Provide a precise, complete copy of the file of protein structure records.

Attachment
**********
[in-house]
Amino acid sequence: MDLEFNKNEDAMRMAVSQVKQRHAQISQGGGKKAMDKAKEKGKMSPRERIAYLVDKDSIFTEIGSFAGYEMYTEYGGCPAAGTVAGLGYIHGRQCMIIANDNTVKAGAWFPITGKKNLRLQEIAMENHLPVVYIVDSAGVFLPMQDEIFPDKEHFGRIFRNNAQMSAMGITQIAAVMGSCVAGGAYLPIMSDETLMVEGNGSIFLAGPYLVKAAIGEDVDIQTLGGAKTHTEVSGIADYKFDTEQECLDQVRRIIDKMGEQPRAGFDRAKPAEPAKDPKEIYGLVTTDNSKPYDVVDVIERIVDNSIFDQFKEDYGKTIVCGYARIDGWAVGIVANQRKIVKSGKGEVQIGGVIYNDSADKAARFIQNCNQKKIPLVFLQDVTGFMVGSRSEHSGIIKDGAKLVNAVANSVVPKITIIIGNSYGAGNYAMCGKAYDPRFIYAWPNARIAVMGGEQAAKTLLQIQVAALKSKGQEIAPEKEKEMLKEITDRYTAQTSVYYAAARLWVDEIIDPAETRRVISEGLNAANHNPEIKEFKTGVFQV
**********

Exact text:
[in-house]
Amino acid sequence: MDLEFNKNEDAMRMAVSQVKQRHAQISQGGGKKAMDKAKEKGKMSPRERIAYLVDKDSIFTEIGSFAGYEMYTEYGGCPAAGTVAGLGYIHGRQCMIIANDNTVKAGAWFPITGKKNLRLQEIAMENHLPVVYIVDSAGVFLPMQDEIFPDKEHFGRIFRNNAQMSAMGITQIAAVMGSCVAGGAYLPIMSDETLMVEGNGSIFLAGPYLVKAAIGEDVDIQTLGGAKTHTEVSGIADYKFDTEQECLDQVRRIIDKMGEQPRAGFDRAKPAEPAKDPKEIYGLVTTDNSKPYDVVDVIERIVDNSIFDQFKEDYGKTIVCGYARIDGWAVGIVANQRKIVKSGKGEVQIGGVIYNDSADKAARFIQNCNQKKIPLVFLQDVTGFMVGSRSEHSGIIKDGAKLVNAVANSVVPKITIIIGNSYGAGNYAMCGKAYDPRFIYAWPNARIAVMGGEQAAKTLLQIQVAALKSKGQEIAPEKEKEMLKEITDRYTAQTSVYYAAARLWVDEIIDPAETRRVISEGLNAANHNPEIKEFKTGVFQV